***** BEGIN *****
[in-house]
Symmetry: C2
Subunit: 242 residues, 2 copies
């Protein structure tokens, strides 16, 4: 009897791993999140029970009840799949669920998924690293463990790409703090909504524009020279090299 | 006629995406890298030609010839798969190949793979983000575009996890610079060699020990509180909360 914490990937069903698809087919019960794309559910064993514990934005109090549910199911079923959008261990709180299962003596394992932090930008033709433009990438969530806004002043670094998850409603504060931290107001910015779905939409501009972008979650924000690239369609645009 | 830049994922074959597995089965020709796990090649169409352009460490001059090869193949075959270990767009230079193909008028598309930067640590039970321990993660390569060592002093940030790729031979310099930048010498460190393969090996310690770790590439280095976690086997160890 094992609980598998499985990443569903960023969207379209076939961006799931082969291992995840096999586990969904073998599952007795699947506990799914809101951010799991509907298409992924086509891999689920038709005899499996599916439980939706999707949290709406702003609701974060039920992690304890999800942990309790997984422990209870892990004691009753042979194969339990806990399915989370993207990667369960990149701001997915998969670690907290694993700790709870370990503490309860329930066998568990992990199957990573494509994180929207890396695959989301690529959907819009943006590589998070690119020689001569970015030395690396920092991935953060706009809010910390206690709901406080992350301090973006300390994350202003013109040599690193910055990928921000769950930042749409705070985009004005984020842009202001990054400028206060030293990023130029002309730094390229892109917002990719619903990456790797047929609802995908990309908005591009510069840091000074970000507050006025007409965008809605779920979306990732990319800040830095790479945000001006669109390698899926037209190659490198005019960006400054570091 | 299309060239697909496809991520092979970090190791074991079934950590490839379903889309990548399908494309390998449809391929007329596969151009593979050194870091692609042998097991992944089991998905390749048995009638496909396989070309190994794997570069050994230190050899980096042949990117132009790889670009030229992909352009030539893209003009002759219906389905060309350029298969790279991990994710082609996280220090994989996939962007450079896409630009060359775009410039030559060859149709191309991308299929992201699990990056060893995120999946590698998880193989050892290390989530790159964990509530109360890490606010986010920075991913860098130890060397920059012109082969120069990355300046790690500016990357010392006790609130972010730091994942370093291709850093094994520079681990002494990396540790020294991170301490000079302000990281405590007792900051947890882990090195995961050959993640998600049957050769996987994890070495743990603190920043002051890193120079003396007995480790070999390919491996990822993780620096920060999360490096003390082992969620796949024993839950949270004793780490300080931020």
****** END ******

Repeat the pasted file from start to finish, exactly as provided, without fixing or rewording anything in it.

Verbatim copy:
[in-house]
Symmetry: C2
Subunit: 242 residues, 2 copies
């Protein structure tokens, strides 16, 4: 009897791993999140029970009840799949669920998924690293463990790409703090909504524009020279090299 | 006629995406890298030609010839798969190949793979983000575009996890610079060699020990509180909360 914490990937069903698809087919019960794309559910064993514990934005109090549910199911079923959008261990709180299962003596394992932090930008033709433009990438969530806004002043670094998850409603504060931290107001910015779905939409501009972008979650924000690239369609645009 | 830049994922074959597995089965020709796990090649169409352009460490001059090869193949075959270990767009230079193909008028598309930067640590039970321990993660390569060592002093940030790729031979310099930048010498460190393969090996310690770790590439280095976690086997160890 094992609980598998499985990443569903960023969207379209076939961006799931082969291992995840096999586990969904073998599952007795699947506990799914809101951010799991509907298409992924086509891999689920038709005899499996599916439980939706999707949290709406702003609701974060039920992690304890999800942990309790997984422990209870892990004691009753042979194969339990806990399915989370993207990667369960990149701001997915998969670690907290694993700790709870370990503490309860329930066998568990992990199957990573494509994180929207890396695959989301690529959907819009943006590589998070690119020689001569970015030395690396920092991935953060706009809010910390206690709901406080992350301090973006300390994350202003013109040599690193910055990928921000769950930042749409705070985009004005984020842009202001990054400028206060030293990023130029002309730094390229892109917002990719619903990456790797047929609802995908990309908005591009510069840091000074970000507050006025007409965008809605779920979306990732990319800040830095790479945000001006669109390698899926037209190659490198005019960006400054570091 | 299309060239697909496809991520092979970090190791074991079934950590490839379903889309990548399908494309390998449809391929007329596969151009593979050194870091692609042998097991992944089991998905390749048995009638496909396989070309190994794997570069050994230190050899980096042949990117132009790889670009030229992909352009030539893209003009002759219906389905060309350029298969790279991990994710082609996280220090994989996939962007450079896409630009060359775009410039030559060859149709191309991308299929992201699990990056060893995120999946590698998880193989050892290390989530790159964990509530109360890490606010986010920075991913860098130890060397920059012109082969120069990355300046790690500016990357010392006790609130972010730091994942370093291709850093094994520079681990002494990396540790020294991170301490000079302000990281405590007792900051947890882990090195995961050959993640998600049957050769996987994890070495743990603190920043002051890193120079003396007995480790070999390919491996990822993780620096920060999360490096003390082992969620796949024993839950949270004793780490300080931020």